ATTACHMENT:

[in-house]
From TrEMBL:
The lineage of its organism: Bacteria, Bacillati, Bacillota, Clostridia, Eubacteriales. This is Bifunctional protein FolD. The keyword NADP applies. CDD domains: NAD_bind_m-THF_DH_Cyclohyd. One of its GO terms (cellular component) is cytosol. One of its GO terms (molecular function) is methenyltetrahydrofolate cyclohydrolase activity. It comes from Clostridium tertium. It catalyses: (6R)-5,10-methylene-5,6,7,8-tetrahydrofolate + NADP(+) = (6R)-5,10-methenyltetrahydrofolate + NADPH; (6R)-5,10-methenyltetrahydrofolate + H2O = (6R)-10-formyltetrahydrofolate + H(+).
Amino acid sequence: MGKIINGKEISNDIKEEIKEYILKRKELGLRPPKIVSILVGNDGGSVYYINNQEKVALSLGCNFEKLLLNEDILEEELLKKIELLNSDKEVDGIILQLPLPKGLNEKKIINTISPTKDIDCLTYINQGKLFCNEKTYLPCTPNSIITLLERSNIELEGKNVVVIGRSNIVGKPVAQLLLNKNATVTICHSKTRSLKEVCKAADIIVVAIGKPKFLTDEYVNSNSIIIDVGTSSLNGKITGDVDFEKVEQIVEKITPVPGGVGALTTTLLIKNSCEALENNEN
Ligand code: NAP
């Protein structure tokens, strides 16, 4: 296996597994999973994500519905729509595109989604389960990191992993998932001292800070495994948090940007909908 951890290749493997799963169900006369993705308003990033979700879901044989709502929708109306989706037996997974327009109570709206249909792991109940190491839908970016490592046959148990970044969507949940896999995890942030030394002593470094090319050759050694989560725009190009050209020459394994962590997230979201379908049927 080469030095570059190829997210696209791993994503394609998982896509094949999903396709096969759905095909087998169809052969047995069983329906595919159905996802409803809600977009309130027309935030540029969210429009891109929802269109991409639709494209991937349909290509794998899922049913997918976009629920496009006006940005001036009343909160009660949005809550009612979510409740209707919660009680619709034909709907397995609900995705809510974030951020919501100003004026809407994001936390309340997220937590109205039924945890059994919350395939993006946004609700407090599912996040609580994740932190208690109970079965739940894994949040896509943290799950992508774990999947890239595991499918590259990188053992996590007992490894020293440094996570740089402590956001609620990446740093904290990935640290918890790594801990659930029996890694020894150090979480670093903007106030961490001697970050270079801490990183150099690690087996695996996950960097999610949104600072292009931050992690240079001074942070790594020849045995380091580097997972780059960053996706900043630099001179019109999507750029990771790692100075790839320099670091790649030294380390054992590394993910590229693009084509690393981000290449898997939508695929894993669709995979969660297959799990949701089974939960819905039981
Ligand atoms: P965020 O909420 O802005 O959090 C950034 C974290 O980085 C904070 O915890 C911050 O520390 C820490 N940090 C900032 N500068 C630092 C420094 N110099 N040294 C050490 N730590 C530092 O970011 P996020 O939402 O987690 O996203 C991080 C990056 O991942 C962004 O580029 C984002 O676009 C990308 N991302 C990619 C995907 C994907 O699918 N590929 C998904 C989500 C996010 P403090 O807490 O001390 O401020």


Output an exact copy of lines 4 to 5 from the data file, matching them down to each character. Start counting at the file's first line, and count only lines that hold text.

Amino acid sequence: MGKIINGKEISNDIKEEIKEYILKRKELGLRPPKIVSILVGNDGGSVYYINNQEKVALSLGCNFEKLLLNEDILEEELLKKIELLNSDKEVDGIILQLPLPKGLNEKKIINTISPTKDIDCLTYINQGKLFCNEKTYLPCTPNSIITLLERSNIELEGKNVVVIGRSNIVGKPVAQLLLNKNATVTICHSKTRSLKEVCKAADIIVVAIGKPKFLTDEYVNSNSIIIDVGTSSLNGKITGDVDFEKVEQIVEKITPVPGGVGALTTTLLIKNSCEALENNEN
Ligand code: NAP